Have you heard about orange dog poop? I’m not talking about poop that looks kind of orange-ish, I’m talking about the orange as in construction-vest-orange. No?
Well, bright orange dog poop is out there. It first appeared on the hiking trails in McDonald Forest in Corvallis, Oregon. And it confused a lot of people who happened to stumble upon it.
Finding orange poop in the middle on the hiking trail might be confusing to many people. But generally, finding dog poop while walking is really annoying.
Dog owners who don’t clean up after their pets while using public parks and trails are the worst. It is common courtesy to clean up after your dog if he does his business in an area with high foot traffic. Unfortunately, some people in Corvallis, Oregon don’t share that opinion.
Stepping on a dog poop can easily ruin your day, especially if you are in a hurry.
How many times did you take your dog for a quick walk before rushing off to a job? Probably too many times.
Now imagine being in a rush, just to step in a dog poop some inconsiderate dog owner left sitting in the middle of the dirt trail.
The only person that is guilty of something in this situation is the dog owner who decided that cleaning after his pet is not something he or she needs to do. Luckily, there are some good people left who took the matter into their own hands.
Stepping on dog poop can ruin your day, That’s why a group of volunteers decided to spray paint every pile of dog poop with bright orange spray paint. As a dog owner, you also get a bad name because of a small group of people who don’t clean up after their dogs.
If some regular Joe who uses a trail for jogging or hiking steps into dog poop, you are guilty in his eyes just because you take your dog on walks there.
It doesn’t matter where your dog does his business. The only thing that matters is that you clean up after him. Leaving dog poop lying all over the place is unhygienic, and it can be dangerous.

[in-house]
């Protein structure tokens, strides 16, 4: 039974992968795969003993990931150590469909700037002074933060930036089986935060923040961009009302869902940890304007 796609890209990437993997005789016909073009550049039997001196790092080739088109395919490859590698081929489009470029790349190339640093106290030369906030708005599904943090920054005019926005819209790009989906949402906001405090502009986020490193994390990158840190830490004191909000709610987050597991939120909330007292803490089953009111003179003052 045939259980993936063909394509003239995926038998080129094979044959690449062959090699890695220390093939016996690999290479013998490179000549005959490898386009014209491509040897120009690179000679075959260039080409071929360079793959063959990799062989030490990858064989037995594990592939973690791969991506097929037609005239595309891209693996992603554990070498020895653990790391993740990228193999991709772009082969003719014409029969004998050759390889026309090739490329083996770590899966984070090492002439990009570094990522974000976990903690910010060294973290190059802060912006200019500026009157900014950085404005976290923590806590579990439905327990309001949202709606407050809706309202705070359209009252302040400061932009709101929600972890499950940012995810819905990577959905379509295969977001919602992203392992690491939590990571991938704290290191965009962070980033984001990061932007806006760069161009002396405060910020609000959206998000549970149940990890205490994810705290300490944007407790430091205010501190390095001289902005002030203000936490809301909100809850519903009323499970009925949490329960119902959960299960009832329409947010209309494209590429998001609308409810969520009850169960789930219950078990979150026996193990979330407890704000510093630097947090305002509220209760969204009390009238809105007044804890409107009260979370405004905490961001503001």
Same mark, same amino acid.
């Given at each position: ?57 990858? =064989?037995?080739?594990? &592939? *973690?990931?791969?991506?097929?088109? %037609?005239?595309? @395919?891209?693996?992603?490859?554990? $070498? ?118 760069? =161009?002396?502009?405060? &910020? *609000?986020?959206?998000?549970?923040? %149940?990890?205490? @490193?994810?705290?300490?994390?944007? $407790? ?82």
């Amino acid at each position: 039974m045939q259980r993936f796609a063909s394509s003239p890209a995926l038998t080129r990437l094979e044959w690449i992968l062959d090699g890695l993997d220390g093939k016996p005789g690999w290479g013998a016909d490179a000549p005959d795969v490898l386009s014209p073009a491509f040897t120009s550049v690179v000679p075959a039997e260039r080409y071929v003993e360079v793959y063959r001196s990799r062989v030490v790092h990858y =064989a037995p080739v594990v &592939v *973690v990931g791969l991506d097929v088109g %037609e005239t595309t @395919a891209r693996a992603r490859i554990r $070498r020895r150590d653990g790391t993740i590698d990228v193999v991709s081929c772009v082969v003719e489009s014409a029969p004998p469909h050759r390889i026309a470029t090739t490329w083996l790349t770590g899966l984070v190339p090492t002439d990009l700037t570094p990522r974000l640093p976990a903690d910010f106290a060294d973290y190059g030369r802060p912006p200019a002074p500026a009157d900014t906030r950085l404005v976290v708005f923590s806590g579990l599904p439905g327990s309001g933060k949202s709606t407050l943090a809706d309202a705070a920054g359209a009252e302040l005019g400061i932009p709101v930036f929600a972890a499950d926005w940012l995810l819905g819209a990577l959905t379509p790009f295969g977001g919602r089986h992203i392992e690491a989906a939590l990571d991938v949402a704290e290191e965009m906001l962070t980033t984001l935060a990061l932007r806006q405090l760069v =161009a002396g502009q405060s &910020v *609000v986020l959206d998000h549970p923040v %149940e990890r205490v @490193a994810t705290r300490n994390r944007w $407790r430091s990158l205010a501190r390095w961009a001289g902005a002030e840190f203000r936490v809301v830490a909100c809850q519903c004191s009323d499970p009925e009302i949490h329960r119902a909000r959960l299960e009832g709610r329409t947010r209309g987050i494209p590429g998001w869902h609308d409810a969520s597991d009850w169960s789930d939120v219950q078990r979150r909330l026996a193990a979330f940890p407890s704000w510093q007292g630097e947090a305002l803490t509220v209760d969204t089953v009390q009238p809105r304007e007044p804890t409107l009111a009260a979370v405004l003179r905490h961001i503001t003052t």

Kids like to play on the ground a lot. Dog poop that sits in dirt for a couple of days can contain dangerous bacteria. That bacteria from dog feces can pollute any nearby water supplies and spread diseases to other humans and animals that get in contact with it.
This type of dog owner behavior was typical in McDonald Forest in Corvallis, Oregon. At least it was until a group of volunteers decided to put a stop to that kind of behavior.
During their first run, they found around 1, 000 piles of dog feces spray painted with bright orange spray paint, and they picked them up and disposed of them. You still might wonder why spray paint a poop? Well, spray painting dog poop with construction-grade orange spray paint is a part of a public information campaign that was launched by local veterinarians and Oregon State University’s College of Forestry.
The main goal of this campaign is to raise the awareness of this kind of behavior and ecological problems it might cause to McDonald Forest.
You will often hear how people defend this kind of behavior with that famous statement; “but dog poop is a natural fertilizer!” Well, that also is not true.
There is nothing that can justify this kind of behavior. Just ask any biologist or a vet. Dog feces can cause severe ecological issues in forests, parks, and trails.
Imagine those bacteria and parasites such as hookworm, giardia, coccidia, roundworm, tapeworm, cryptosporidium, and whipworms ending up in fresh water. That same water that other animals use to cool off or drink from. Does that seem like an ecological disaster? Well, it should be because it is.
Another issue and reason why volunteers spray paint dog poop with orange spray paint are the smell. Just try and imagine how bad smell can get during the summer heat. If you have ever visited a farm during a warm day, you can have a pretty good guess.
Now imagine that smell sprawling throughout the beautiful forest trail where people go to relax and clear their mind. Those two don’t mix very well.
Now you know about the orange dog poop phenomenon. You know why it happens, you know because of who, and you know how the poop becomes orange. It is vital to keep our forests, parks, and our water supplies clean and fresh.
Leaving your dog’s poop in the middle of the trail because you don’t feel like picking it up might save you 20 seconds of your life. But it will do much more damage to the environment. And someone is still going to have to pick it up after you. So please, don’t be that person.